Calling Cross Disciplinary Innovators: The Green Guy Wants You!

In today's world of chemical engineering, great opportunities for collaboration and innovation can arise by meeting scientists from other disciplines, by visiting new conferences, or becoming familiar with new areas of research. You may wonder exactly how these opportunities can come about, without having to undertake rigorous graduate study in multiple fields, as I have. I saw one good example last month when I attended the Society of Environmental Toxicity and Environmental Chemistry's (SETAC) North American 33rd Annual Meeting in Long Beach, California.

At this meeting, Ed Begley, the actor widely known for his environmental views (known as a "green guy"), briefly spoke about the development of his own environmental ideas and positive trends in environmental consciousness in the U.S.

If you were a renewable or sustainable energy engineer in the audience during the talk, you would have recognized the suggestion that renewable energy sources are a solution to energy security challenges that also support improved air quality standards. I noted that some environmental scientists thought that the talk was removed from traditional SETAC speakers, but it was remarkably on target with the theme of the meeting, which was "Catching the Next Wave, Advancing Science through Innovation and Collaboration."


To me, the theme of the talk was to inspire a move beyond a classic clash between traditional energy products-processes and environmentalists. Maybe as a chemical engineer you've experienced such a clash with an environmental issue. The reality, however, is that environment problems utilize engineers and scientists to innovate new solutions - and we all know that chemical engineers are good at addressing challenges!

Ed Begley, Jr. at the 81st Academy Awards

Whether we agree on how stewardship is put into practice, the fact of the matter is that many engineering and science fields bridge gaps that exist between neoclassic production philosophies and fields that are concerned with maximizing the ability and capacity of life to exist unconstrained. What has become increasingly clear to me is that scientific fields that work in the spaces of outcomes resultant of human expansion use different terms to describe and promote mankind's capacity to exist. So maybe we need to be more humble in our respective fields and recognize how all these professions are related.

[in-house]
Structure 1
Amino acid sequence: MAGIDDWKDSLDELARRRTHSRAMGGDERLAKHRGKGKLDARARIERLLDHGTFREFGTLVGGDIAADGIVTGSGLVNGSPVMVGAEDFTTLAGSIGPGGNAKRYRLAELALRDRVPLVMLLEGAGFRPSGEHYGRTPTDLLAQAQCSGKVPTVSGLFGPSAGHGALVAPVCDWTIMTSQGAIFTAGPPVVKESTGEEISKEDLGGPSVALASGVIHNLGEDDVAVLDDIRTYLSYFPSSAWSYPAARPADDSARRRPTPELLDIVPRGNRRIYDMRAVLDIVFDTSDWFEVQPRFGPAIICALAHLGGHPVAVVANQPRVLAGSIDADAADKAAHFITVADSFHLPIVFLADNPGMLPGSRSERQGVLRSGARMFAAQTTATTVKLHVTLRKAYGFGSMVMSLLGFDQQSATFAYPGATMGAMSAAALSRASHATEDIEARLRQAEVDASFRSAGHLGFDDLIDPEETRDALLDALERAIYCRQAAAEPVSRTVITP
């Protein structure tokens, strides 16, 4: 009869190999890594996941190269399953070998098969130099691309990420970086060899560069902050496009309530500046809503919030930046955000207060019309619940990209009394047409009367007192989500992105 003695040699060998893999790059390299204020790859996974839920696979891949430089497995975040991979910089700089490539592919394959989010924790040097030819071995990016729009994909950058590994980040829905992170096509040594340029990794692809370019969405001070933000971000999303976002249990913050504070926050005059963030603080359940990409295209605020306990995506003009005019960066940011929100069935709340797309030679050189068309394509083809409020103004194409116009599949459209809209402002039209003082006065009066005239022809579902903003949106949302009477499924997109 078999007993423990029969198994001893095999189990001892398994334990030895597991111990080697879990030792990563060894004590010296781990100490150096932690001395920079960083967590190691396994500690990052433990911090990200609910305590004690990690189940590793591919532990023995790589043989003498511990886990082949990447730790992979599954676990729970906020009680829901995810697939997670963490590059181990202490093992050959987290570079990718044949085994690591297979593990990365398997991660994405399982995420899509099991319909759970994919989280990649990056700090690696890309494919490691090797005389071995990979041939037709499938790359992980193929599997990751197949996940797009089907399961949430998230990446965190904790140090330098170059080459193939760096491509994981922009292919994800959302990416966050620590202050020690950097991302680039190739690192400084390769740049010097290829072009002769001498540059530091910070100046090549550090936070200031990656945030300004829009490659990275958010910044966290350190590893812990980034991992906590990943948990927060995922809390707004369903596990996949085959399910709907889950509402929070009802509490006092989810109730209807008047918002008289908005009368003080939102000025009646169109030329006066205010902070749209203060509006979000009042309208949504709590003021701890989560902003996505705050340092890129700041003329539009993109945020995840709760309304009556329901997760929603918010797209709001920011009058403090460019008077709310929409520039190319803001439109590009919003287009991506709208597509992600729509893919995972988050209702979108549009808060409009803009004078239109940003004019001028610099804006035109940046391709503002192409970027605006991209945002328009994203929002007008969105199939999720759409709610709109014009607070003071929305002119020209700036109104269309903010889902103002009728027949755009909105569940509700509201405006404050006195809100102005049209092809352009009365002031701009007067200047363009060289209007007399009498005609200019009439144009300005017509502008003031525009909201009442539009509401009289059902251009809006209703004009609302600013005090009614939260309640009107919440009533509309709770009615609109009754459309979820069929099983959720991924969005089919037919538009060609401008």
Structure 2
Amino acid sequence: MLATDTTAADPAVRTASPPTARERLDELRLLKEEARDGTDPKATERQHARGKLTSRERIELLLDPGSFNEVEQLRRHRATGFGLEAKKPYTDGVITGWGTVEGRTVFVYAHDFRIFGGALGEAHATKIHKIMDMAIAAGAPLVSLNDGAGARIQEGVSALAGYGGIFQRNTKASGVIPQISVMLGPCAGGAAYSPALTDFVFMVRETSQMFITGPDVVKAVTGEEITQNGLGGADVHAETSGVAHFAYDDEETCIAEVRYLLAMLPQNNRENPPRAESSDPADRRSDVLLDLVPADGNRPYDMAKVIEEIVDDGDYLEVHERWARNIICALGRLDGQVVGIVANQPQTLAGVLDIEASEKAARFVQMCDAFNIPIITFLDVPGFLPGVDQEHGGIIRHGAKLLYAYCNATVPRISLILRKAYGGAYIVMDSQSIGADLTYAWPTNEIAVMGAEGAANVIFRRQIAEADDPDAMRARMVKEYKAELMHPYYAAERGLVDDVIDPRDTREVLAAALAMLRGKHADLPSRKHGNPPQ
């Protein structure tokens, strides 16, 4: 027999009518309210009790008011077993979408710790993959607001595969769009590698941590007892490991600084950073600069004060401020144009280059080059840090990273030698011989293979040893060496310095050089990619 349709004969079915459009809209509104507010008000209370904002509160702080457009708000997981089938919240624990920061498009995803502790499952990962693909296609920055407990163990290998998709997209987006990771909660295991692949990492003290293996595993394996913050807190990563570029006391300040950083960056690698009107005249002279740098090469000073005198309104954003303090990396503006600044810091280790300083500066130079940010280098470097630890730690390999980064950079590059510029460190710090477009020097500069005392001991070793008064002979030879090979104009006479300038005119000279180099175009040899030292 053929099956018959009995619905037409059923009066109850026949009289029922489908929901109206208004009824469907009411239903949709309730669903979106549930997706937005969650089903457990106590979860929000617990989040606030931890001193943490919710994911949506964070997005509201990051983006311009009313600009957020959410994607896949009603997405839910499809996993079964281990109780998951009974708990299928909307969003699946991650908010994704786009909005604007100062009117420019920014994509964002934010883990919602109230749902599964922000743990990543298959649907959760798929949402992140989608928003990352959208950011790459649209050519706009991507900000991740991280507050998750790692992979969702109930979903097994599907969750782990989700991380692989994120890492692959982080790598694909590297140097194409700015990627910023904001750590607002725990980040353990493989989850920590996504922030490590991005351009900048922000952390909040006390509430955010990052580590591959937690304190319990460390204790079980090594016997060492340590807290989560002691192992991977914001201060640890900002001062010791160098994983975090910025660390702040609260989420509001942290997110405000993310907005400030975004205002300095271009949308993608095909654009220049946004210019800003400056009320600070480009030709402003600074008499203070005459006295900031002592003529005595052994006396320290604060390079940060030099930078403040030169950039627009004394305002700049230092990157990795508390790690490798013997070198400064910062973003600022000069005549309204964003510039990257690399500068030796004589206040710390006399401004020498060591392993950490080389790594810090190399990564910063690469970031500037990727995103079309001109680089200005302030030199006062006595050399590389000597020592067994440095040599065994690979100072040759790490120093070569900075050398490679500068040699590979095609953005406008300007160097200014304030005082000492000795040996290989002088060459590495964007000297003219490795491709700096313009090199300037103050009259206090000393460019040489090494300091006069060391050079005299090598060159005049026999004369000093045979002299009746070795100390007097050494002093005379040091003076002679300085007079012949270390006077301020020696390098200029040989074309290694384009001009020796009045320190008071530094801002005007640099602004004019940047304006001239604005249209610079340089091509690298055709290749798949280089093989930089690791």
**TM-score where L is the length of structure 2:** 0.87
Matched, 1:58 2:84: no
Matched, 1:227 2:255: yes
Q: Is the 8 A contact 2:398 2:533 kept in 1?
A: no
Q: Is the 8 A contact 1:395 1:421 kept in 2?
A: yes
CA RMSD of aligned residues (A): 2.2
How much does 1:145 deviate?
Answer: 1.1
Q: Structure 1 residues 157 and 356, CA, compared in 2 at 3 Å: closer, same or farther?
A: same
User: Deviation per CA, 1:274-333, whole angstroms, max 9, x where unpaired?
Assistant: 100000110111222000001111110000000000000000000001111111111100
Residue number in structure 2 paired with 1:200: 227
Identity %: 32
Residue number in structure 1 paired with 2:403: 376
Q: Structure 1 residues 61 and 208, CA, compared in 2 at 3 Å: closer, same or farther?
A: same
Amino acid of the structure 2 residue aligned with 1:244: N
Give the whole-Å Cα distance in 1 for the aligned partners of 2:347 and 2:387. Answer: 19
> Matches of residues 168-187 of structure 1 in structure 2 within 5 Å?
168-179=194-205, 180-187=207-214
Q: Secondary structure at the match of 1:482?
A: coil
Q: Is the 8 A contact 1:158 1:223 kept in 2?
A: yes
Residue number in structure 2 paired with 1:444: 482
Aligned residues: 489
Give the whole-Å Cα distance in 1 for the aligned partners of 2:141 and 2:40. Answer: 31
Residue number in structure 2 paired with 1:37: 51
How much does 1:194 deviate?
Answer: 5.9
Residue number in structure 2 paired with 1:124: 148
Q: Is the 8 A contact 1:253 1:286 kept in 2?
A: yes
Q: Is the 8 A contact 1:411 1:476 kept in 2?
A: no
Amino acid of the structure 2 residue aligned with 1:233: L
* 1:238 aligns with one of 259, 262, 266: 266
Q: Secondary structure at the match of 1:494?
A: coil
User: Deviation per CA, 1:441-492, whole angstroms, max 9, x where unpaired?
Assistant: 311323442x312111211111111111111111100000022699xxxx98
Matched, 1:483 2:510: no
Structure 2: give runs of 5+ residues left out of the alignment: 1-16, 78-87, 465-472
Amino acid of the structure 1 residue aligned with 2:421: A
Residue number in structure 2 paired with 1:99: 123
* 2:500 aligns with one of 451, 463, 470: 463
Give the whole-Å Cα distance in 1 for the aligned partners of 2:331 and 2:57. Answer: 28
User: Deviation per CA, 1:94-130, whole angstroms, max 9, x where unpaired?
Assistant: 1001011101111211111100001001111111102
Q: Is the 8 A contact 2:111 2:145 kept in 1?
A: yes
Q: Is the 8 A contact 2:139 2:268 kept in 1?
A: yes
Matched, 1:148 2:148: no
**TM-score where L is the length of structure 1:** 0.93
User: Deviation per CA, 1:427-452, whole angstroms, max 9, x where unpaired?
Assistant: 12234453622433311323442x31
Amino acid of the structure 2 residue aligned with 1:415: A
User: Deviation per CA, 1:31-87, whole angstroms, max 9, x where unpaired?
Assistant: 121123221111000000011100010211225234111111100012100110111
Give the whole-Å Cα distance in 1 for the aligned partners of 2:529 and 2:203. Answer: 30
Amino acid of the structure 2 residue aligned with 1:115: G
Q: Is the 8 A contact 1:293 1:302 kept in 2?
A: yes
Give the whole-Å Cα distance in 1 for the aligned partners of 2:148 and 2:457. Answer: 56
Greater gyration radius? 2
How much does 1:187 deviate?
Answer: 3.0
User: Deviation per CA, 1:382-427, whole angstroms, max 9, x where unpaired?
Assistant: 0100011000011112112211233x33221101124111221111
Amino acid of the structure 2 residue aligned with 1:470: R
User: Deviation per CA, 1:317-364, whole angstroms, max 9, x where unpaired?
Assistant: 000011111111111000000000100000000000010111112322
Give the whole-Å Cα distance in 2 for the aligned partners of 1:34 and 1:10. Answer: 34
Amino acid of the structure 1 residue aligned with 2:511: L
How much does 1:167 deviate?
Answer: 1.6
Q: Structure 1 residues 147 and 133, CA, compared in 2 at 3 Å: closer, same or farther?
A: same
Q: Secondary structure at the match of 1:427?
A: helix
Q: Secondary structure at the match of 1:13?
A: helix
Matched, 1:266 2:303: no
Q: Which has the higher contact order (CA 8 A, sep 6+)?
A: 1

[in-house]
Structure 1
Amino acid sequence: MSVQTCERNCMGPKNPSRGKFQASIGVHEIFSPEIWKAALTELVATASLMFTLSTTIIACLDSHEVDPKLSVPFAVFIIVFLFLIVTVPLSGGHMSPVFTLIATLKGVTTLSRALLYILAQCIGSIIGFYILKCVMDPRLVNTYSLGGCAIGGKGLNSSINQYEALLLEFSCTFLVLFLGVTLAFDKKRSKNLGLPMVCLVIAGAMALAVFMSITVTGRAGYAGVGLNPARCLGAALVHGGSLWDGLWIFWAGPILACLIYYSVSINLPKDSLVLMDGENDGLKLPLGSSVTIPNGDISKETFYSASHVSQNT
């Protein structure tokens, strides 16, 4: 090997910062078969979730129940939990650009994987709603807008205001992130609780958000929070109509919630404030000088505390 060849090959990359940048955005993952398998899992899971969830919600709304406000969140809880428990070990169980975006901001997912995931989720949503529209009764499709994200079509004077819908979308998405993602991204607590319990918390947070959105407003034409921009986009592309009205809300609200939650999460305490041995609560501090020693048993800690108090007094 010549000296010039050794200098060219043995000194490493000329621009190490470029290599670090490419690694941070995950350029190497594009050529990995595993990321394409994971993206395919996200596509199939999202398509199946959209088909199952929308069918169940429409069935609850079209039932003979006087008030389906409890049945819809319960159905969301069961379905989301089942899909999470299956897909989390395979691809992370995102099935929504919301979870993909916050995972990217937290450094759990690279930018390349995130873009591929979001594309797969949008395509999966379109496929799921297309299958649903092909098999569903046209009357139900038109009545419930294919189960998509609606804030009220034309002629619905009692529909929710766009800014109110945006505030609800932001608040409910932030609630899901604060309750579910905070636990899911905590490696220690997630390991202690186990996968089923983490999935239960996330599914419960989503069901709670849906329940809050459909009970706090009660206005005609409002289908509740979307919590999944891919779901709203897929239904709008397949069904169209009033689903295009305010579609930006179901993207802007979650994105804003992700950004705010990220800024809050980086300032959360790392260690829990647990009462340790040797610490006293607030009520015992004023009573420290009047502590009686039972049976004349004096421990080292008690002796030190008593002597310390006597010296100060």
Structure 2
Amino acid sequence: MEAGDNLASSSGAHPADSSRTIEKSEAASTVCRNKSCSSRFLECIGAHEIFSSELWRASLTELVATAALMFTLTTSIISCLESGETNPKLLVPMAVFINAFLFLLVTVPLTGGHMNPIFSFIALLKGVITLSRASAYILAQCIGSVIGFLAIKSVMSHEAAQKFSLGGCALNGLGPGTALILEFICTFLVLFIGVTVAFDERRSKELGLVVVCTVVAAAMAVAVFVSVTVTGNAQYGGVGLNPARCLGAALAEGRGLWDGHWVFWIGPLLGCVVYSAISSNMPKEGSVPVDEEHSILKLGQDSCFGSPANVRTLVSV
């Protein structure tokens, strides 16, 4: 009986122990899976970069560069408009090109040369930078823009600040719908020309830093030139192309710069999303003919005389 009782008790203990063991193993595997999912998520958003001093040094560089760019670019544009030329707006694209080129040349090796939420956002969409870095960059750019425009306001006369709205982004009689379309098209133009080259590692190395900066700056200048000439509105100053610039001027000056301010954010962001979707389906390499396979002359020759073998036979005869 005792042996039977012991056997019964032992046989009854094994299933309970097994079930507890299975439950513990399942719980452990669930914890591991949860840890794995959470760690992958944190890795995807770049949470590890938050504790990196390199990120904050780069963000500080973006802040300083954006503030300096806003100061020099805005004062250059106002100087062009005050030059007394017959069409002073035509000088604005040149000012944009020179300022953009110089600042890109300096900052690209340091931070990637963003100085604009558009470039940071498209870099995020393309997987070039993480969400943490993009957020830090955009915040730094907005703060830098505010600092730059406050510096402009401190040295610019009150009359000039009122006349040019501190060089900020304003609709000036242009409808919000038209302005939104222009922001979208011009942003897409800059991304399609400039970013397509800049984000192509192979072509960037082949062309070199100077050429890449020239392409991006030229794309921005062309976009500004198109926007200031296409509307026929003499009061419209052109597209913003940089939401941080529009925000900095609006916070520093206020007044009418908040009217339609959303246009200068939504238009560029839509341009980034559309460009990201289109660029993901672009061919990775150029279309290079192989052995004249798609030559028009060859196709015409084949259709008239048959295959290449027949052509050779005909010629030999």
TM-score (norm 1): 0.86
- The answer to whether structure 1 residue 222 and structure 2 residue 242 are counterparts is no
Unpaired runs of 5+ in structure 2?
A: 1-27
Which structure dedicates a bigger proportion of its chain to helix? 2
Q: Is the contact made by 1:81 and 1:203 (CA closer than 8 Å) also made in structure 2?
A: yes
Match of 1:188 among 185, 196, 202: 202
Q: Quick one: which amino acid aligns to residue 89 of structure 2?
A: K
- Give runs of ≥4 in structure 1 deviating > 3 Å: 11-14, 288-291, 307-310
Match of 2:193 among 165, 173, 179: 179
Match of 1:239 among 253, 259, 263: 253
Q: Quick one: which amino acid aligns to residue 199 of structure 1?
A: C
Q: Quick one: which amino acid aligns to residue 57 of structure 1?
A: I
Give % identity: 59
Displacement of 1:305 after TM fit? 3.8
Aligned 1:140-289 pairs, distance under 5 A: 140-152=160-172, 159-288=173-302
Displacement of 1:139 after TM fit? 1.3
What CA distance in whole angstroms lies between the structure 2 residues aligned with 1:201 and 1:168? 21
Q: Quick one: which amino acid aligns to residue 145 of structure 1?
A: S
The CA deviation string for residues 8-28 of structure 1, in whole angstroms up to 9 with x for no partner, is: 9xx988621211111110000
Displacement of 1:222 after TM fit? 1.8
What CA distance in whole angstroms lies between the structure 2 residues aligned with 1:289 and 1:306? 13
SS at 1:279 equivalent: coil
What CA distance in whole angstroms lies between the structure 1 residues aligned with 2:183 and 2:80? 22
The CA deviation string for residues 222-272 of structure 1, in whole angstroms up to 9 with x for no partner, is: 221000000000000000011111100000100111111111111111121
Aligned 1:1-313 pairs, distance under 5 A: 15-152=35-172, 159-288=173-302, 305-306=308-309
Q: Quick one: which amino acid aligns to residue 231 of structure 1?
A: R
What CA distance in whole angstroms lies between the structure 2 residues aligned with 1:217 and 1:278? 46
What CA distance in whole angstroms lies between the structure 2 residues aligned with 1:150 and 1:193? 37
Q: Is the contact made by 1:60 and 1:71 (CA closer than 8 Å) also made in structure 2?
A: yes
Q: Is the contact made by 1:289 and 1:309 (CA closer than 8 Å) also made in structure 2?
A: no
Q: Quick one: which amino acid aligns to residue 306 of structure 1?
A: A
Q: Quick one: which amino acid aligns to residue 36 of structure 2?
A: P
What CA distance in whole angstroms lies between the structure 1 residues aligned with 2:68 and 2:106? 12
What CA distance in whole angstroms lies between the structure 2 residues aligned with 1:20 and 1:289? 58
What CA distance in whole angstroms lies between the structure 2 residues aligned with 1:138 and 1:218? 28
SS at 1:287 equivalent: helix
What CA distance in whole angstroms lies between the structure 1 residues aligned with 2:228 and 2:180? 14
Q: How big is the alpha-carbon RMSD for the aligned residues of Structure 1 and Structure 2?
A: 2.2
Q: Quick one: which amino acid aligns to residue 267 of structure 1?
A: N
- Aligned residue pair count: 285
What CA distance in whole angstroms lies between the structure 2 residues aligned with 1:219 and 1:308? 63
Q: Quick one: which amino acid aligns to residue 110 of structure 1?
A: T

Industrial change vs personal change

Ed Begely took a look at how he addresses environmental needs in his own life and then turned to the bigger picture. On a personal level, much of Ed's talk cited a central theme of living within a set of bounds. By being fiscally responsible, Ed was able to save money that allowed him to purchase a wind-powered generator that now contributes to his personal wealth. For more about Ed's personal thoughts and philosophies, check out his book. After taking a sustainable engineering class at the Colorado School of Mines, I understand how my various personal "footprints" can be viewed from a global perspective and why it is important to understand concepts such as carrying capacity. To learn more about your personal footprints on the environment, check out this link.

Personal footprint aside, it is well known that industrial practice can contribute to larger environmental challenges on a scales that obliterates an individual's impact. For example, the BP Deep Horizon accident in one estimate released 4.9 million barrels of oil, suggesting that over 1 million barrels are still missing. Using analysis from the US Department of Energy (DOE) and the Intergovernmental Panel on Climate Change (IPCC), it is estimated that the average American uses 2.8 gallons of oil per day (see this article in Scientific American). With this data, the impact of this industrial event can be related to the daily oil use of over 73 million Americans. This calculus still does not account for the overall environmental impact, which it does not appear anyone will even be able to estimate anytime soon and has been overshadowed by the process of enacting criminal fines (see this article in the New York Times). When was the last time you received credit on a chemical engineering homework or test for not having an answer?

So, living within one's bounds isn't the entire answer. Bigger answers call on entire industries, engineers and public policy to drive changes. Begley cited how air standards in California were improved via fuel-emissions standards that required the implementation of new transportation technologies. He also tipped his hat to both the progress that's been made and to those who are behind much of that change. Among those responsible are the environmentally conscious, which does include chemical engineers.


One of my favorite examples of productive, holistic collaboration is the Grand Policy Experiment, which I recommend you look into! There is great opportunity to work collaboratively towards innovation that address complex environmental topics and allows for closing gaps among "siloed" disciplines. By going the extra mile to seek out and create new opportunities, more widely inclusive benefits may include not only those to your pocket book, but to our society as a whole. Chemical engineering and environmental engineer-scientist skills overlap in many ways.